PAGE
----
The Art of Loving a Greek Billionaire (Book 3)

By: Marian Tee


The whirring sound of a helicopter landing a short distance away reached the security team stationed outside the Panathenaic Stadium like the faintest echo, but it was enough to get everyone moving, all of them assigned to ensure just one thing: that no media outlet would ever know why Athens’ most famous and historic stadium was privately rented at this hour.

“These men have too much money,” one of them muttered in a low voice to his companion as he peered through his binoculars and saw the door of the helicopter open. It only had one passenger, and to anyone born in Greece, his face would be instantly recognizable. His name was Stavros Manolis, a billionaire whose reclusive workaholic ways made every young Greek lady wish that she would be the one to open his eyes to the charms of marriage.

He continued grumpily, “Renting the entire stadium for a secret meeting at three in the morning? No sane man does that!”

His younger companion said hesitantly, “Maybe they’re scouting the place for a corporate event—”

The older man cut him off, “I’ll give you some advice, Chucky doll. If you want to stay employed by the boss, you better start following Perez Hilton.”

Chucky, whose real name was Christophos but everyone in the team called Chucky as part of his initiation, was confused. “Who is Perez Hilton?”

His superior sighed. “Google it. If you want to keep your job, that’s the first thing you should do tonight. As one of Mr. Leventis’ bodyguards, we do not have to worry about dodging bullets.”

This came as a surprise to Chucky, who had thought it was his short but excellent stint with the US Air Force the reason he had been hired by the billionaire. “He’s a billionaire. There’s surely always a threat to his life—”

“The media’s the only threat to his life. He likes his privacy because he has a bat-crazy mother who doesn’t know how to mind her own business. He doesn’t allow any intrusions in his private life, and in the years I’ve been leading this team I’ve managed to keep his name out of any major scandal,” the older man said proudly. “But unfortunately, what happened in Ms. Diana’s school—”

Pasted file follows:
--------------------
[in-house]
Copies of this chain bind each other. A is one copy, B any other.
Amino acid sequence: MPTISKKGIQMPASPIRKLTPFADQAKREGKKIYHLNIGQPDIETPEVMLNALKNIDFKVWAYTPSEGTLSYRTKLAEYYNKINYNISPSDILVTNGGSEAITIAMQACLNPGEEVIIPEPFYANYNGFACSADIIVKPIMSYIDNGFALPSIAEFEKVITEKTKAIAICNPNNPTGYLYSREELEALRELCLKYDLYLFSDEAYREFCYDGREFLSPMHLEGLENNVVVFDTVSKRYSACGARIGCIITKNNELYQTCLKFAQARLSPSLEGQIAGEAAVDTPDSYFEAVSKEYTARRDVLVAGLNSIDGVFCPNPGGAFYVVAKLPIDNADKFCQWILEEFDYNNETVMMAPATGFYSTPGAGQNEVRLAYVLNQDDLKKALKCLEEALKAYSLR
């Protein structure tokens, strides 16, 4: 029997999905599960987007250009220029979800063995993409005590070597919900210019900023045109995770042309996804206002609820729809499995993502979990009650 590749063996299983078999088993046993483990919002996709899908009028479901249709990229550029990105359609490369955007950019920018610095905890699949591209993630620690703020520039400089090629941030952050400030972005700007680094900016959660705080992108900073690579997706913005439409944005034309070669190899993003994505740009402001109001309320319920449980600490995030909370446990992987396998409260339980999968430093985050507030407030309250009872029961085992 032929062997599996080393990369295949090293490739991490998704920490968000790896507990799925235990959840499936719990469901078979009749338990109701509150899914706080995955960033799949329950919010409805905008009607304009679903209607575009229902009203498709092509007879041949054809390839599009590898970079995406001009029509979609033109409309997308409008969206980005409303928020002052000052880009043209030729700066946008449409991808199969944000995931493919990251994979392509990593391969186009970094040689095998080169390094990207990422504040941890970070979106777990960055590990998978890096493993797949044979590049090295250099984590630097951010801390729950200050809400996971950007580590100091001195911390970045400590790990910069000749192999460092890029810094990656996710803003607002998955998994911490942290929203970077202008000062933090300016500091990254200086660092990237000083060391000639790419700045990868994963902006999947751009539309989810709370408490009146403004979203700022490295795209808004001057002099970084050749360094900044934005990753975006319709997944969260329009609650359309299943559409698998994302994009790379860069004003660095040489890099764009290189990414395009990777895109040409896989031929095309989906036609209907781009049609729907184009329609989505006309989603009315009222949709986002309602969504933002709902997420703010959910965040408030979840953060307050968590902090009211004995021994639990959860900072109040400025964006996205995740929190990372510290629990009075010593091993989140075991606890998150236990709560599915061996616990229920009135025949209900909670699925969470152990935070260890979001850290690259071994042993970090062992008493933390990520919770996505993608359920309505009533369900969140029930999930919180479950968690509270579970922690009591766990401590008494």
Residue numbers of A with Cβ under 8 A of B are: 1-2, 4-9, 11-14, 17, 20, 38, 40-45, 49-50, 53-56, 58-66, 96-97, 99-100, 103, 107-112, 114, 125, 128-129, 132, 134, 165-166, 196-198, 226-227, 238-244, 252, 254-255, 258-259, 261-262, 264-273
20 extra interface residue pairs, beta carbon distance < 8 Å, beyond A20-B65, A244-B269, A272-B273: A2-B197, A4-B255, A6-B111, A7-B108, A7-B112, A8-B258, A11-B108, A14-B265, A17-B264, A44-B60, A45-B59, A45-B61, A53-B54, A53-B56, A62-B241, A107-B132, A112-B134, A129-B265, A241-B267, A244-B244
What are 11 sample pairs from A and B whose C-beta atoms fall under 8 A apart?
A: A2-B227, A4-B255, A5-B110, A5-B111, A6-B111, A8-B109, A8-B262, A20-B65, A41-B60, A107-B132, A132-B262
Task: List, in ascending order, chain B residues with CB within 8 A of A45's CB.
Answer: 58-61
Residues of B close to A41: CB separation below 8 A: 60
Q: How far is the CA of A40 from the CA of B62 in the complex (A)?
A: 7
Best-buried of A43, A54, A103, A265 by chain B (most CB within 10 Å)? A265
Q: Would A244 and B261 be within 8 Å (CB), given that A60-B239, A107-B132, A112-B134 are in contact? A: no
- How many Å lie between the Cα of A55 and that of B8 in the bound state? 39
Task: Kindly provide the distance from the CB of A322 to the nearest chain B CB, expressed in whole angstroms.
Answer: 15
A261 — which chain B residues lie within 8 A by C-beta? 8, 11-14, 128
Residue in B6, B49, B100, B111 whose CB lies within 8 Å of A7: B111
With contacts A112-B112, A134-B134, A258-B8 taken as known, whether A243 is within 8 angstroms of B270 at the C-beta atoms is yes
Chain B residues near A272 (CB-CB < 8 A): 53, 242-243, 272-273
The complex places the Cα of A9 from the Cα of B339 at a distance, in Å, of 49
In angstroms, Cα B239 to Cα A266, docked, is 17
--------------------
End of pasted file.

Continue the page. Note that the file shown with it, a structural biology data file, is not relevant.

“What happened then?” Since he had only been hired two days ago, Chucky found himself even more and more confused.

“It was hell. He broke his engagement to the Kokinos girl and then he proposed to his mistress right after. The media went crazy with that and when the footage was aired, the reporters started wondering what Mr. Manolis was doing there.”

“What was he doing there?”

“The idiots think Stavros is Ms. Leventis’ lover.” His loud snort was enough to express his opinion. “They’re sniffing in the wrong direction, and that’s exactly how Mr. Leventis wants it.”

Chucky could no longer keep up. “Mr. Artini, I’m more confused now – could you tell it to me straight? Why are these two billionaires having a secret meeting in the middle of the night?”

Mr. Artini looked at him in exasperation. “Why else, Chucky doll? Throughout history, why do two men, friends or foes, have a need to settle their differences? What can two men never compromise on?” He jerked his head towards the stadium, which from where they were standing, appeared like a golden arena for gladiators, its lights blazing brightly amidst the night’s darkness.

“They want the same woman and neither of them wants to give up.”


Damen Leventis waited wordlessly for Stavros to climb the last few flights of stairs leading to the topmost row of seats in the stadium. Made entirely of white marble, the stadium was the only one of its kind. It was also historic for being the place where individuals battled for personal glory and honor in the world’s first modern Olympics.

That fact appeared uppermost in Stavros’ mind when, upon reaching Damen’s side, he remarked blandly, “Should I have brought my fencing sword, Damen?”

A mirthless smile slashed Damen’s lips. “If that is your roundabout way of asking if I am giving up Mairi to you, then yes, you should have. But a fistfight would also do anytime.”

Both men’s faces were impassive as they considered each other’s words.

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